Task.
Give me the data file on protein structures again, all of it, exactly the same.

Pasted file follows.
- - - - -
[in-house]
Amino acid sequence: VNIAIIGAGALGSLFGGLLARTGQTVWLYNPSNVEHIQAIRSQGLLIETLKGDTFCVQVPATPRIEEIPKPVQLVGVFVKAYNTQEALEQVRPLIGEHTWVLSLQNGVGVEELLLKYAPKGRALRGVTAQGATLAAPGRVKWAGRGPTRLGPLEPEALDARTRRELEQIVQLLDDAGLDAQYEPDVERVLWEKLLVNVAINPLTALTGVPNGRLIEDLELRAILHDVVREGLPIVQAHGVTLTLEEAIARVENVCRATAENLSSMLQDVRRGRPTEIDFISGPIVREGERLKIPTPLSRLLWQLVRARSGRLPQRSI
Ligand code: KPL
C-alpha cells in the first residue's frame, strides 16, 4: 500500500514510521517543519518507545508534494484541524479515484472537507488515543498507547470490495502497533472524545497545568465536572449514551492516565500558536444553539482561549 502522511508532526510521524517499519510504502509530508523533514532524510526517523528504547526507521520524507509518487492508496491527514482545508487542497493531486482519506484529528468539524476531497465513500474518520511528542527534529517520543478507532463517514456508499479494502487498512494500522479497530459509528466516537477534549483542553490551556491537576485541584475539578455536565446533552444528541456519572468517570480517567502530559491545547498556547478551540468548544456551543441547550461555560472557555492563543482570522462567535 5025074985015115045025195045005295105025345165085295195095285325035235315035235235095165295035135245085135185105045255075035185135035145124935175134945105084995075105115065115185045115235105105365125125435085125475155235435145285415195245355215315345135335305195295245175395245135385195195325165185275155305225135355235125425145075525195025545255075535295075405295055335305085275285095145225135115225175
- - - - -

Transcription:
[in-house]
Amino acid sequence: VNIAIIGAGALGSLFGGLLARTGQTVWLYNPSNVEHIQAIRSQGLLIETLKGDTFCVQVPATPRIEEIPKPVQLVGVFVKAYNTQEALEQVRPLIGEHTWVLSLQNGVGVEELLLKYAPKGRALRGVTAQGATLAAPGRVKWAGRGPTRLGPLEPEALDARTRRELEQIVQLLDDAGLDAQYEPDVERVLWEKLLVNVAINPLTALTGVPNGRLIEDLELRAILHDVVREGLPIVQAHGVTLTLEEAIARVENVCRATAENLSSMLQDVRRGRPTEIDFISGPIVREGERLKIPTPLSRLLWQLVRARSGRLPQRSI
Ligand code: KPL
C-alpha cells in the first residue's frame, strides 16, 4: 500500500514510521517543519518507545508534494484541524479515484472537507488515543498507547470490495502497533472524545497545568465536572449514551492516565500558536444553539482561549 502522511508532526510521524517499519510504502509530508523533514532524510526517523528504547526507521520524507509518487492508496491527514482545508487542497493531486482519506484529528468539524476531497465513500474518520511528542527534529517520543478507532463517514456508499479494502487498512494500522479497530459509528466516537477534549483542553490551556491537576485541584475539578455536565446533552444528541456519572468517570480517567502530559491545547498556547478551540468548544456551543441547550461555560472557555492563543482570522462567535 5025074985015115045025195045005295105025345165085295195095285325035235315035235235095165295035135245085135185105045255075035185135035145124935175134945105084995075105115065115185045115235105105365125125435085125475155235435145285415195245355215315345135335305195295245175395245135385195195325165185275155305225135355235125425145075525195025545255075535295075405295055335305085275285095145225135115225175